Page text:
action was an attempt to delegitimize the opposing forces as simple criminals instead of Partisans.
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This page is a recognition and identification guide for WWII German badges and awards. Multiple
detailed photos of a specific sample are provided. Descriptions point out clearly defined points
that should be noted.
One of the most commonly asked questions is "How much is my WWII German badge worth?". A price
guide is included here to address this question. The value of the badges and awards is reviewed
over a period of several years. A trend can be observed. The present worth of the German
badges in the collector's market is illustrated.
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BY THE NUMBERS
It is hard to determine the exact number of Anti Partisan badges that were produced. However, thanks to the record
keeping maintained by the Wehrmacht, it is possible to estimate how many badges were actually issued. The number
stands above 3 thousand.
The actual number of anti Partisan badges produced is greater than the number that was issue. It must be accounted that the
armed forces would have a stock in hand so it could replace lost ones and issue new awards. In addition the factories
were likely to have warehouses with inventory at hand. The Anti-Partisan badge was not widely distributed
The population of Germany in 1939 was approximately 64,000,000.
COLLECTING ANTI PARTISAN BADGES
Collecting Third Reich memorabilia is a field that has been growing since the days the GI's rummaged around Europe
bringing back military souvenirs. German soldiers wore many of their awards on their uniforms when they went to battle.
Once the soldier was killed or captured, the American soldiers would take the awards as war trophies. Eventually all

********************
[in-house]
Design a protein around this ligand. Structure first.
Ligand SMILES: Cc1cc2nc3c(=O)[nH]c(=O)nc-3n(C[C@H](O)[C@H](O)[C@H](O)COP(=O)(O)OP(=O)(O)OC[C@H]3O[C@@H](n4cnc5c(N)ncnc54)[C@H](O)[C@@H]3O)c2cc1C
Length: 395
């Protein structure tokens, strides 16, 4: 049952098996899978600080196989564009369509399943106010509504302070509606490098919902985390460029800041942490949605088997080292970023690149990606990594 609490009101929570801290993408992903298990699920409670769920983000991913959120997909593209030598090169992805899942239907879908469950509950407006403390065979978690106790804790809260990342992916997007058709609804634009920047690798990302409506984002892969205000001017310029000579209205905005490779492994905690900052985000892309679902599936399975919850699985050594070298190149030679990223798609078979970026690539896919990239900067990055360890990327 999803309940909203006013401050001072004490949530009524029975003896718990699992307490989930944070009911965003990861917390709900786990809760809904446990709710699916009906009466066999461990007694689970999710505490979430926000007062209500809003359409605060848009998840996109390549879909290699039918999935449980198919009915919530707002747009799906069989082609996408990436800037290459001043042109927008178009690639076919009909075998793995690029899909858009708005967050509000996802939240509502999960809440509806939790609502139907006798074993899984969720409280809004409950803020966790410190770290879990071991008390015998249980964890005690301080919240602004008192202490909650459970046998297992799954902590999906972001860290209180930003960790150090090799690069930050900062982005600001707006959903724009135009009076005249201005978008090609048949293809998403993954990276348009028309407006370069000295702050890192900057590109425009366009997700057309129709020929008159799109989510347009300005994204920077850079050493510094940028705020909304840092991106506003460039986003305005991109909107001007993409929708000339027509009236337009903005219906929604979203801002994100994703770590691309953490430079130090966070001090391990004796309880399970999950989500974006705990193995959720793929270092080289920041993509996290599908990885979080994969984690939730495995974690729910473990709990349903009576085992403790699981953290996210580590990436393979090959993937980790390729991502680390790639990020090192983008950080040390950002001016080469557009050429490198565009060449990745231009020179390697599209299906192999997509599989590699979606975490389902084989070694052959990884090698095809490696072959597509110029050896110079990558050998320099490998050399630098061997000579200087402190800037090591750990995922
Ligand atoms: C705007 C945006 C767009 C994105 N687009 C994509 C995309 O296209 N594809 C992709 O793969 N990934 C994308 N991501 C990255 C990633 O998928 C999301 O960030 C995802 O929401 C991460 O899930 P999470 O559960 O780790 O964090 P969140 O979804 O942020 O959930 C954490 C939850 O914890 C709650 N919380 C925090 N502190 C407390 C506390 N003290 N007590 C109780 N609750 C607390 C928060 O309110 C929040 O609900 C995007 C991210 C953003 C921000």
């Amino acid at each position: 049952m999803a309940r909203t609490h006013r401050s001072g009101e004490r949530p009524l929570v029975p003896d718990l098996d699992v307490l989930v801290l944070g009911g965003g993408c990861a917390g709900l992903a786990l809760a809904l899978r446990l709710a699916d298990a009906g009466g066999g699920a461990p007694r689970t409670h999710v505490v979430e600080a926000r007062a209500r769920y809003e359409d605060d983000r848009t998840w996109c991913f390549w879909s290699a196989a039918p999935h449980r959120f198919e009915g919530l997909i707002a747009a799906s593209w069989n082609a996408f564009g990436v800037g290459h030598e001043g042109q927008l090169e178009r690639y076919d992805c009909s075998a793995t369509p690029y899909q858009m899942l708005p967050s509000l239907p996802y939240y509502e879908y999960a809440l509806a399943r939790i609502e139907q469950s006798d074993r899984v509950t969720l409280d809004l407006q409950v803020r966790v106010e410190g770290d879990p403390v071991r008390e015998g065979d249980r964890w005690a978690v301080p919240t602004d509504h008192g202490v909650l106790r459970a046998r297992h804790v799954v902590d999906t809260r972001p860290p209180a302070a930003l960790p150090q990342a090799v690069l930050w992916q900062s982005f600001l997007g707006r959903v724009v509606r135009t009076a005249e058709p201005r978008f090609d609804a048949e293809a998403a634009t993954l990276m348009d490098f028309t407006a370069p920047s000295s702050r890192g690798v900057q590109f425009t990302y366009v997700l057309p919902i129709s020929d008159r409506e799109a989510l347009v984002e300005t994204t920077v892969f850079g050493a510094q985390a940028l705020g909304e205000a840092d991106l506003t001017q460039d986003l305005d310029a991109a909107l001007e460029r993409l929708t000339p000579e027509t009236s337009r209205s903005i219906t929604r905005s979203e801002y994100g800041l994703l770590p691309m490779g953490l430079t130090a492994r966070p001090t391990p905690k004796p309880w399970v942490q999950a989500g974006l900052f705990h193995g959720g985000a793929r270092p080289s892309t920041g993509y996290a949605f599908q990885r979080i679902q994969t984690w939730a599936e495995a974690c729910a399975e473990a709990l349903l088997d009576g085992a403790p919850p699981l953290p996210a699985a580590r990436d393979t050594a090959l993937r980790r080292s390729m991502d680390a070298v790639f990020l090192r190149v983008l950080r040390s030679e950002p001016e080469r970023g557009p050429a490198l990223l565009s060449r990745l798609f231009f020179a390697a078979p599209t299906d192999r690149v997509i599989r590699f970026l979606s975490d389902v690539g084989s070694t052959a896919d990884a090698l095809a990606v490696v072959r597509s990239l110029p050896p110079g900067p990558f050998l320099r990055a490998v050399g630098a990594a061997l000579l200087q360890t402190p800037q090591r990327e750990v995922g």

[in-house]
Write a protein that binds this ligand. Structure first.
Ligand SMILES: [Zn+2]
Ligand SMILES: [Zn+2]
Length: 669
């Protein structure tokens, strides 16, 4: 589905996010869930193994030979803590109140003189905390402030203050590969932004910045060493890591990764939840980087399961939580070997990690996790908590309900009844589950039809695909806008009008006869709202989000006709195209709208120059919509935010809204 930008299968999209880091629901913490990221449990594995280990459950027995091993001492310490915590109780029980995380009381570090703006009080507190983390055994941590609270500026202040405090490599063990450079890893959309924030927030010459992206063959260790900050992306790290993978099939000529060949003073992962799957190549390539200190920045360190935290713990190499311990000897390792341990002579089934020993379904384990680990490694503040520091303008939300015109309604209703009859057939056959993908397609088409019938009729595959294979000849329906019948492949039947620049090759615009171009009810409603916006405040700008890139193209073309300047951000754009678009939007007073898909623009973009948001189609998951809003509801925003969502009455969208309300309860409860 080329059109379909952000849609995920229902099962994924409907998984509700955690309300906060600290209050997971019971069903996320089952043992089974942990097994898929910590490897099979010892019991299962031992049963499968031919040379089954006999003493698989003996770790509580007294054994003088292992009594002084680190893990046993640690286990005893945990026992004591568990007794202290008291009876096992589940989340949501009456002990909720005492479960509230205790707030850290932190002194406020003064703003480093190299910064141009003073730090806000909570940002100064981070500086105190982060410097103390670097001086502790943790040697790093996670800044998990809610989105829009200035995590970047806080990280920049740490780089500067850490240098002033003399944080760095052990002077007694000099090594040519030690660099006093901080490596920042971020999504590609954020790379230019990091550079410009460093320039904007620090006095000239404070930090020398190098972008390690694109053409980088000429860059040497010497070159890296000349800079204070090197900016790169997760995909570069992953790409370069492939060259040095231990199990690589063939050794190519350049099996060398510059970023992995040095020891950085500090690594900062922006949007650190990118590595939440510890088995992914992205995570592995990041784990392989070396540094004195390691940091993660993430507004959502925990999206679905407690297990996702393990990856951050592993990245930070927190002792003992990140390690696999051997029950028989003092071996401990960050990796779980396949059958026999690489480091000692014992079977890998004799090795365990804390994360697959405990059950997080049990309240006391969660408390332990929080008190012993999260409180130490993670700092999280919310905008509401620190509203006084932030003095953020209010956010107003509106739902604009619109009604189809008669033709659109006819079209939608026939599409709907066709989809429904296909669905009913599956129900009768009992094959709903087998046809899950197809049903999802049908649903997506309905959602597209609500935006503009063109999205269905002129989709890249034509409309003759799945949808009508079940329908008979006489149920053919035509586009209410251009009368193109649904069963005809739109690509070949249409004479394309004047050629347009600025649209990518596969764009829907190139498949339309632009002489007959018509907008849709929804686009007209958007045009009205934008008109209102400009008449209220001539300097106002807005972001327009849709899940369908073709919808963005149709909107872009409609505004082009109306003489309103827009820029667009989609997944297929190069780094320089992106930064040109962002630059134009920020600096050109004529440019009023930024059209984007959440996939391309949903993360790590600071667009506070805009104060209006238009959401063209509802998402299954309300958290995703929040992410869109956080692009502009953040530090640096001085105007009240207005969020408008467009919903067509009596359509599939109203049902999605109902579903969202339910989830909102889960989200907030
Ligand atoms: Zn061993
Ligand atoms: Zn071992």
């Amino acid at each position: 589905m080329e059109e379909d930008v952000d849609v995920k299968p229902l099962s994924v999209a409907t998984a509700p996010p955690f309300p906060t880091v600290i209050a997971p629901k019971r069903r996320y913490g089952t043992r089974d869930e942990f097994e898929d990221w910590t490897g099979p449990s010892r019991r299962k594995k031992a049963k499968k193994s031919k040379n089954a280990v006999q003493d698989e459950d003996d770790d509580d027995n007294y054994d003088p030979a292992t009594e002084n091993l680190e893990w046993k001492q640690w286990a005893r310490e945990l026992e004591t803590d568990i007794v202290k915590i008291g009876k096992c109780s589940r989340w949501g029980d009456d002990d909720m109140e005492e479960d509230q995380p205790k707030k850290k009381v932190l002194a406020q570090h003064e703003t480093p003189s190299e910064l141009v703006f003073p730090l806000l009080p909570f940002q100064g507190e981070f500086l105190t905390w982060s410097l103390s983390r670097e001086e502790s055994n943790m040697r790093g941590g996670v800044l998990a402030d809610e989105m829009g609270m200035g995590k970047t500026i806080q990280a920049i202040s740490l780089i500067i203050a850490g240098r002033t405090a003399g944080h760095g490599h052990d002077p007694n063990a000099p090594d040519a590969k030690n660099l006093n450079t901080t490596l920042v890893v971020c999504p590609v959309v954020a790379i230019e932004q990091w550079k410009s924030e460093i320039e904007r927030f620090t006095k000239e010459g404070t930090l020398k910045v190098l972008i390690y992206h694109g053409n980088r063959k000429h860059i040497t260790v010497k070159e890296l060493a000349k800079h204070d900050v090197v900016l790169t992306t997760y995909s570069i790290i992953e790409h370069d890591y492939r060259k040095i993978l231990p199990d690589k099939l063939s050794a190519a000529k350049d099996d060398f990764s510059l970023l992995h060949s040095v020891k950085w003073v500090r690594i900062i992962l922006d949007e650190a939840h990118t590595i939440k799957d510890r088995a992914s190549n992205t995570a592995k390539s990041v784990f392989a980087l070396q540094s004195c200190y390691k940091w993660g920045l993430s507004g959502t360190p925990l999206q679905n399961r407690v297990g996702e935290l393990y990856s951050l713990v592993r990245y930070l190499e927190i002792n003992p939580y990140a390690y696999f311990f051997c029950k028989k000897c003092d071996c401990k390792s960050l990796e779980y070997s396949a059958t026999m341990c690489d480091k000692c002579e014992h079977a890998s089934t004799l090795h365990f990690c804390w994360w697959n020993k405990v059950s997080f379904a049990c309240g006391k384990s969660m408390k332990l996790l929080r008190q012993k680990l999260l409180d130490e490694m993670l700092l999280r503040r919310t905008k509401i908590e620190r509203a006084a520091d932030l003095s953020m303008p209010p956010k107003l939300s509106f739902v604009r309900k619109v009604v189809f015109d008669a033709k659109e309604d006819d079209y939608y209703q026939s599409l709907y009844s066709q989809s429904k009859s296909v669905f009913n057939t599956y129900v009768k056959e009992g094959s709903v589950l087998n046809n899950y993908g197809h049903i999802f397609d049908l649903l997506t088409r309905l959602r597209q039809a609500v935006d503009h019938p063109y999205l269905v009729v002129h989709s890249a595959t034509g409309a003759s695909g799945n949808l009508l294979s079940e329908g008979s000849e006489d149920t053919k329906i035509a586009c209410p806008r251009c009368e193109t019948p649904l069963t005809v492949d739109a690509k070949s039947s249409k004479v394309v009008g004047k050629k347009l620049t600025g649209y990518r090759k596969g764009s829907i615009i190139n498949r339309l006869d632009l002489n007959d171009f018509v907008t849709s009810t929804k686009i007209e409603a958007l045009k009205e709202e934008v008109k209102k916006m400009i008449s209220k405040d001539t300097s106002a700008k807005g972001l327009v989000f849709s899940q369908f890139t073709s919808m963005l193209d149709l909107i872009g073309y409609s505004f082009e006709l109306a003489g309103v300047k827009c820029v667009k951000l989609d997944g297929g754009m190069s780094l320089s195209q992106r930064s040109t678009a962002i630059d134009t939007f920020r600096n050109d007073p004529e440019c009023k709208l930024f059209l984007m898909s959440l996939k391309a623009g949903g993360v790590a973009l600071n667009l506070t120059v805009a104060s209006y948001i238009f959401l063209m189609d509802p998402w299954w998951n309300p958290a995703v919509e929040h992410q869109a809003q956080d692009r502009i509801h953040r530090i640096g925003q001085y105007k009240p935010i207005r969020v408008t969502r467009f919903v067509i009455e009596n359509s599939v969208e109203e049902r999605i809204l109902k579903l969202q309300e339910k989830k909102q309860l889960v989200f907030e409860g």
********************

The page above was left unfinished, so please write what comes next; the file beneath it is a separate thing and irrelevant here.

these pieces came back to the United States where military history enthusiasts began to collect them.
"I am trying to figure out if I should get into collecting Anti Partisan badges."
Determining which military badges to collect can be a challenging decision. The combination of availabiilty and
cost will often set the pace of what can be collected.
The adjacent table outlines some of the advantages and disadvantages of collecting the Anti Partisan badge.
| ANTI-PARTISAN BADGE EXAMPLES
The Anti-partisan badge was produced by several manufacturers and in different configurations.
The more examples of a particular badge that are examined the more knowledge is gained about the particular piece.
Differences in construction can be better appreciated. Markings on the back and other sections are better understood. The overall knowledge about the badge is expanded.
This section of the site provides several examples of the Anti-partisan badge.
This award is currently being
It is becoming more difficult to be able to tell the fake ones from the real ones because the quality
of the reproductions is improving. The collector must become familiarized with the construction style
and materials employed in the manufacturing of this badge. Attention to the details is critical in
order to be able to determine the authenticity of the badge.
If you have an interest is seeing other badges and awards of the Third Reich, you can do so by going
WWII German Badges and Awards
identification guide. Where we cover Heer (Army), Navy (Kriegsmarine) and
Air Force (Luftwaffe) items.